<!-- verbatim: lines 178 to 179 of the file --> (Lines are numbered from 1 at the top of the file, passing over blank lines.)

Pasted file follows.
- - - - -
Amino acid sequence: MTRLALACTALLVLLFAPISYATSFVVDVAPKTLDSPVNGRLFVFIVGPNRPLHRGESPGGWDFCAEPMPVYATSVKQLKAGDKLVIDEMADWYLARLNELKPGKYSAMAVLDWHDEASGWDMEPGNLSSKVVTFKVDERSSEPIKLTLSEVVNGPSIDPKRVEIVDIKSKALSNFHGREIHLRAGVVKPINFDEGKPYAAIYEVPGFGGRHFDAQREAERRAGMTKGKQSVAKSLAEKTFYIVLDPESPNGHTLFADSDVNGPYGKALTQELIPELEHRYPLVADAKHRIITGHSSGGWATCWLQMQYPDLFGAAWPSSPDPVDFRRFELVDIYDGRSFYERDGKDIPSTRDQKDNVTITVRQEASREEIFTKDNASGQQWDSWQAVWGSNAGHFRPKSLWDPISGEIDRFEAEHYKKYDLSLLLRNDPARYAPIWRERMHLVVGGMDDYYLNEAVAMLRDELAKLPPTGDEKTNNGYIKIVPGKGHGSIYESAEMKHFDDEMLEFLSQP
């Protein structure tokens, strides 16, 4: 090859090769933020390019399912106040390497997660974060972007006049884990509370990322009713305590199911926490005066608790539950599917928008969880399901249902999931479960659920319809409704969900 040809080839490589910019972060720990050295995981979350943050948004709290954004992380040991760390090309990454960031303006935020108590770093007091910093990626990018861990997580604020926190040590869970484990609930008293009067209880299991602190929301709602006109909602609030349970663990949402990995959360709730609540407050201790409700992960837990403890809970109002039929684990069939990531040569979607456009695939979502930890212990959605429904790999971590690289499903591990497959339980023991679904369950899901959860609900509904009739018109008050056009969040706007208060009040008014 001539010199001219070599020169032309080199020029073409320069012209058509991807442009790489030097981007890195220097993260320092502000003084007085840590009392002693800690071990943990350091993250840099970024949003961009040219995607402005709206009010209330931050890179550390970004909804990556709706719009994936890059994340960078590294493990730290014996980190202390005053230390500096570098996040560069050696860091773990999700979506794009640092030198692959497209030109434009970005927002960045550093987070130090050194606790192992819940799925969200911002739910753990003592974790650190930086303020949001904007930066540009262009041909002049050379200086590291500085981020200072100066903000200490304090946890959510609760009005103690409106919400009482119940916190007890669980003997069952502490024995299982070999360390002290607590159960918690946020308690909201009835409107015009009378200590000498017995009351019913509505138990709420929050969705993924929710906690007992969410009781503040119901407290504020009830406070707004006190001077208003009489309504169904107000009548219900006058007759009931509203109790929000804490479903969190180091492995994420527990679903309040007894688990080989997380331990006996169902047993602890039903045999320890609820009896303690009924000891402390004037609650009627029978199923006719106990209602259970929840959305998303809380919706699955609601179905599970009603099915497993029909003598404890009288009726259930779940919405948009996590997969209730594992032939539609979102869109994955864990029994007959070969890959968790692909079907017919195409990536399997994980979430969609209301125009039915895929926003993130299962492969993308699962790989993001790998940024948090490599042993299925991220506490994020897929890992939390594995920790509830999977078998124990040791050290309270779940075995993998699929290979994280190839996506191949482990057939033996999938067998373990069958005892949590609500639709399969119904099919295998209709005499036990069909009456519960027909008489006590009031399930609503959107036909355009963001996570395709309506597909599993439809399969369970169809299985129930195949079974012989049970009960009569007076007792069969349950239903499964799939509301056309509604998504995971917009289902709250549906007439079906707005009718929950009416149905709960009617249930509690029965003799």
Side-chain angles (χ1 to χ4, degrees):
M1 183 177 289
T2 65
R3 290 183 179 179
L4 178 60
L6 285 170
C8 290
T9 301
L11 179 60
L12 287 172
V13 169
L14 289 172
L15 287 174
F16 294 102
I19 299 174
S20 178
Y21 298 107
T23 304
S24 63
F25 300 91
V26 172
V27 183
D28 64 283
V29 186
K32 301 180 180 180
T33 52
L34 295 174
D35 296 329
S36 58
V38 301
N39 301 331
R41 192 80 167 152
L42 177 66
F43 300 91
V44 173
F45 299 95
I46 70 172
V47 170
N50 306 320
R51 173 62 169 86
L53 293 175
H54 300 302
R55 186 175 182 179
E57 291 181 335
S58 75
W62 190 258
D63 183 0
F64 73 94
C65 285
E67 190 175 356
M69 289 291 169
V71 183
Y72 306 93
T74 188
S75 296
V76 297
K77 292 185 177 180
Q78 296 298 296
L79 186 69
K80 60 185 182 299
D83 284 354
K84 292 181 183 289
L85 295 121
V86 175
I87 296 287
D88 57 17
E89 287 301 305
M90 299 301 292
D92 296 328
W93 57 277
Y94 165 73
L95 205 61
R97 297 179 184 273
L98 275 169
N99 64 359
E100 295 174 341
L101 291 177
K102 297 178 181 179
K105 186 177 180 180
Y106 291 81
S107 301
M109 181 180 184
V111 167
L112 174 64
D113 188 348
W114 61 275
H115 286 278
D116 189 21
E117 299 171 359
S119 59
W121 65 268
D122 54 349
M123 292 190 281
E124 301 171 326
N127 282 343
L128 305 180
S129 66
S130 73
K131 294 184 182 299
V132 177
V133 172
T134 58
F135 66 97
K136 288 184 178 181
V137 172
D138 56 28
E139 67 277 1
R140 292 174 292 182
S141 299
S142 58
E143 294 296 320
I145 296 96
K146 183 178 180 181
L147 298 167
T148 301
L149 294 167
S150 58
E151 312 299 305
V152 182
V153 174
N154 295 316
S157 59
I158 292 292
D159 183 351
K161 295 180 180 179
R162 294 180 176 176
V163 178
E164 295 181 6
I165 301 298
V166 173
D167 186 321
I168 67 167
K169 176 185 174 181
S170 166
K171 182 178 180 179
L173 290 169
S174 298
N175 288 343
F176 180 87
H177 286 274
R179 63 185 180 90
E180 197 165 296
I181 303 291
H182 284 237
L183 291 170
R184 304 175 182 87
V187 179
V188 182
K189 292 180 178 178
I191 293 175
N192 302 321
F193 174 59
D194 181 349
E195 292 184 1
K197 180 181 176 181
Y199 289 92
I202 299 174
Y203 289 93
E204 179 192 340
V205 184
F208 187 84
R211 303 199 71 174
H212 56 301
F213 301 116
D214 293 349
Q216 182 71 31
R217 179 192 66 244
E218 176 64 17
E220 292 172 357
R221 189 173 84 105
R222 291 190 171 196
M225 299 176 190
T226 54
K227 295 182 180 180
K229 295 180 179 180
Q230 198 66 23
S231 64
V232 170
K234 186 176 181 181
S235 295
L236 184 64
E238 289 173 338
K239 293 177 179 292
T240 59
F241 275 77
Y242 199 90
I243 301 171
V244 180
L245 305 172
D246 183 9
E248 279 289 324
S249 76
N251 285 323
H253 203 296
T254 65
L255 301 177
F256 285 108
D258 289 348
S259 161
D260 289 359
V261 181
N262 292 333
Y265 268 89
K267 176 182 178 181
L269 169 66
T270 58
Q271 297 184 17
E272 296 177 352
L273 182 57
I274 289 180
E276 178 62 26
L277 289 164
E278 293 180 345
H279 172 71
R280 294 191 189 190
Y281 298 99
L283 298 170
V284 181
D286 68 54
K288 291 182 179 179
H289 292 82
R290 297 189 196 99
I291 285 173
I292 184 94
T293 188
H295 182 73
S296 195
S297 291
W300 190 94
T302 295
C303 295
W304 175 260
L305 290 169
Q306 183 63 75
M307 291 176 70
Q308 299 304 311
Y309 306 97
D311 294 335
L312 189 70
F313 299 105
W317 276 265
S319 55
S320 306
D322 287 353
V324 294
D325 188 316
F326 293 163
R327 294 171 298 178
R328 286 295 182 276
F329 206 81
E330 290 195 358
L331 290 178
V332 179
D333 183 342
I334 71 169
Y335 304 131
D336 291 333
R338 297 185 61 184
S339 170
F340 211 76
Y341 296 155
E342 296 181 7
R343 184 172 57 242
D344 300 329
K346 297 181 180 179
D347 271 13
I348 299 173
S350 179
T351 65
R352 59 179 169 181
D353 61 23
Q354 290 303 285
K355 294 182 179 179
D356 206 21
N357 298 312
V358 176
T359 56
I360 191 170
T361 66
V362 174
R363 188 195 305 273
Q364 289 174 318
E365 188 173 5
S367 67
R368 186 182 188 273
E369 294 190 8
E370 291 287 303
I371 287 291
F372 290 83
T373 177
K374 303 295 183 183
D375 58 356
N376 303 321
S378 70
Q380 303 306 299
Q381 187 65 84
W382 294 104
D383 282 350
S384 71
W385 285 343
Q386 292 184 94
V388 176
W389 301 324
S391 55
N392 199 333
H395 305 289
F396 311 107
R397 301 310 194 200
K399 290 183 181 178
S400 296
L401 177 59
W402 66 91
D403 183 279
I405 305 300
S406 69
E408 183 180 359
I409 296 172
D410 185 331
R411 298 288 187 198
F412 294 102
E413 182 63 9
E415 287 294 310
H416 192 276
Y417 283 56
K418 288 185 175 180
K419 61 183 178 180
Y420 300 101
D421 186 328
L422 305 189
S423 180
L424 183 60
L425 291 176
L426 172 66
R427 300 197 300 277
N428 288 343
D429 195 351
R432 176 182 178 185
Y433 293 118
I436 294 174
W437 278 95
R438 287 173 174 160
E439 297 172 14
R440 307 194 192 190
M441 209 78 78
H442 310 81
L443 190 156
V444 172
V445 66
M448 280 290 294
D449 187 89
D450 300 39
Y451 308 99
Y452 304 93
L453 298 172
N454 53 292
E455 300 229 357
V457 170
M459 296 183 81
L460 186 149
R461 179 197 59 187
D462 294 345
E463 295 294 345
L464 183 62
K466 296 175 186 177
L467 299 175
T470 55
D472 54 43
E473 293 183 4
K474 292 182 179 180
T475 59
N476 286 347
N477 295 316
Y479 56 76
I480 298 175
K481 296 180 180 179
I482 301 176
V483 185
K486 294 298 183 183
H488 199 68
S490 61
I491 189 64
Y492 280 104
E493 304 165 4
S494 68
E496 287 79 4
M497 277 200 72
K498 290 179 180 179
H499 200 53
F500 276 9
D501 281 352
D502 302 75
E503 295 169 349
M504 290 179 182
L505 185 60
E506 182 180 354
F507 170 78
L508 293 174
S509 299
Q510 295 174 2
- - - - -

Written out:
Q230 198 66 23
S231 64